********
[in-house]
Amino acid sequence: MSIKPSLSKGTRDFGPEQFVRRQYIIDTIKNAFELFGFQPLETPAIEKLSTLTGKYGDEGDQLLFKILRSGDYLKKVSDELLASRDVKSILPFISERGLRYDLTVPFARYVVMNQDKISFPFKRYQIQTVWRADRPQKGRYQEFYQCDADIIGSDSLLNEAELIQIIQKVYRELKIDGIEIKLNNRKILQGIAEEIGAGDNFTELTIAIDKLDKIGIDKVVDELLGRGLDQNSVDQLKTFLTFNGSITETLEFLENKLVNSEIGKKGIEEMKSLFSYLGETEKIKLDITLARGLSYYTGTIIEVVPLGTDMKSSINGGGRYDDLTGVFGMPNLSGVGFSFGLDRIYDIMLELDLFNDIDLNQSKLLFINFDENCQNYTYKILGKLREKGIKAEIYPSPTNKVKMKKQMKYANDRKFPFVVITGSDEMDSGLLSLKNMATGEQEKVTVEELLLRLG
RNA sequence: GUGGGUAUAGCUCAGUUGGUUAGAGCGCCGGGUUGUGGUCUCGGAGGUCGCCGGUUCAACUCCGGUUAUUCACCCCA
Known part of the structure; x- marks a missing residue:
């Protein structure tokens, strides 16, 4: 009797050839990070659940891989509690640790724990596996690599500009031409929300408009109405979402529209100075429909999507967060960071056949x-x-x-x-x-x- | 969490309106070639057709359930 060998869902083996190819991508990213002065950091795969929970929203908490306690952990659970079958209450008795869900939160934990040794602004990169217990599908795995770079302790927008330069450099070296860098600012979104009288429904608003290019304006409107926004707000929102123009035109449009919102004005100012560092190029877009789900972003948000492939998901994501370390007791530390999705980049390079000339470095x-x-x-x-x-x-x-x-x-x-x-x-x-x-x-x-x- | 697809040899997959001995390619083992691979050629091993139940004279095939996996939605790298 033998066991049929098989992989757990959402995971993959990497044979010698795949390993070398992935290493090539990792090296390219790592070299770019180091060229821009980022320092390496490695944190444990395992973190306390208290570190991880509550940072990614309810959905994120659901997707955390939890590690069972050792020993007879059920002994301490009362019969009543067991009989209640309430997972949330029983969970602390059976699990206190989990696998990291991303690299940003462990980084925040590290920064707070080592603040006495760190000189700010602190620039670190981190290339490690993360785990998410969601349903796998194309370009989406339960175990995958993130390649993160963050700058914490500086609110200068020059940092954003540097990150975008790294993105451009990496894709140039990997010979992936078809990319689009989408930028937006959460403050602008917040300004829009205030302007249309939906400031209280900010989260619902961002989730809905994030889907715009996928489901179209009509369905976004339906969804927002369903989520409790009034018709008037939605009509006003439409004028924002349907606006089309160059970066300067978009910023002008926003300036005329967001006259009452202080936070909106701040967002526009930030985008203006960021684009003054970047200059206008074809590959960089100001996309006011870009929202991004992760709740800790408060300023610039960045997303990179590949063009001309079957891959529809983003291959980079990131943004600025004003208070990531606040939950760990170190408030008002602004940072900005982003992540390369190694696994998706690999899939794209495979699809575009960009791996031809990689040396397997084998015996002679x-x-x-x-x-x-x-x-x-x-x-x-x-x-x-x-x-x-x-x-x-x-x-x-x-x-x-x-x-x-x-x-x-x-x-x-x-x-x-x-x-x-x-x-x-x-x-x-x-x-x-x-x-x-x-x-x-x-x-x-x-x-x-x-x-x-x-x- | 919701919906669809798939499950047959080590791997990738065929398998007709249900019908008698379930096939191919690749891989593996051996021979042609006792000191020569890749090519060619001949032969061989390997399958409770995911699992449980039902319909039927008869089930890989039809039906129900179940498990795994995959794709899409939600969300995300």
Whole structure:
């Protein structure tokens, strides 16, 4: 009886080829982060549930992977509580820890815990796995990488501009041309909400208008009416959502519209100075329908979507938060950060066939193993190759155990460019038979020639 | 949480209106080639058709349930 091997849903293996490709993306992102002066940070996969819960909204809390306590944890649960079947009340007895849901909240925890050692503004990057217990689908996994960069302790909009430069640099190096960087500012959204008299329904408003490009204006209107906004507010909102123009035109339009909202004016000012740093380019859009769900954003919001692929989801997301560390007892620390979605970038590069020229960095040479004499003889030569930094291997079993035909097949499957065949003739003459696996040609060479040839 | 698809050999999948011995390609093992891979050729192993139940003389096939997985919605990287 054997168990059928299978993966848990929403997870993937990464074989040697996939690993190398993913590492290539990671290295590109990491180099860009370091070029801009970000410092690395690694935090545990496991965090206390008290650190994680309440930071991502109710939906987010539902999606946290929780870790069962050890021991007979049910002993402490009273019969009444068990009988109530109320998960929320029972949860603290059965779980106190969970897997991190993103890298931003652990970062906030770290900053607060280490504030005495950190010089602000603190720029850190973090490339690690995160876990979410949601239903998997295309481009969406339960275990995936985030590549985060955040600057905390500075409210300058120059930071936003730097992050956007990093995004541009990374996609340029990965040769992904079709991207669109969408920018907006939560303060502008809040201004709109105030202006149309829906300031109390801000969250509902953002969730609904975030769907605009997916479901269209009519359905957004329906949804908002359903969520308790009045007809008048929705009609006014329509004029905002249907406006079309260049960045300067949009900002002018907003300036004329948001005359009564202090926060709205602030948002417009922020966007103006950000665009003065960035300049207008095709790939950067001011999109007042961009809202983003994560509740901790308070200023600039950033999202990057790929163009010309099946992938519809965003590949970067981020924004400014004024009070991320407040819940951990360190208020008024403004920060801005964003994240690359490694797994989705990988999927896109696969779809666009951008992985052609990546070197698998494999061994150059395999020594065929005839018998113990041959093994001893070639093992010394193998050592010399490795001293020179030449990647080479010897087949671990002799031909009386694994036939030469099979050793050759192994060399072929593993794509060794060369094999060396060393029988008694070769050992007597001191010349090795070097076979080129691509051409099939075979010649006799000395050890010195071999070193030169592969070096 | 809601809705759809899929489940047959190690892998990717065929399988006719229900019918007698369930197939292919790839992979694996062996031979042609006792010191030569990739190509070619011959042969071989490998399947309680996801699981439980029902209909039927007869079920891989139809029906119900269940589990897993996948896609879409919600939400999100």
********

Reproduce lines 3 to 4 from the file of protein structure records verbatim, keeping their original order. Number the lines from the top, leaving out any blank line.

RNA sequence: GUGGGUAUAGCUCAGUUGGUUAGAGCGCCGGGUUGUGGUCUCGGAGGUCGCCGGUUCAACUCCGGUUAUUCACCCCA
Known part of the structure; x- marks a missing residue: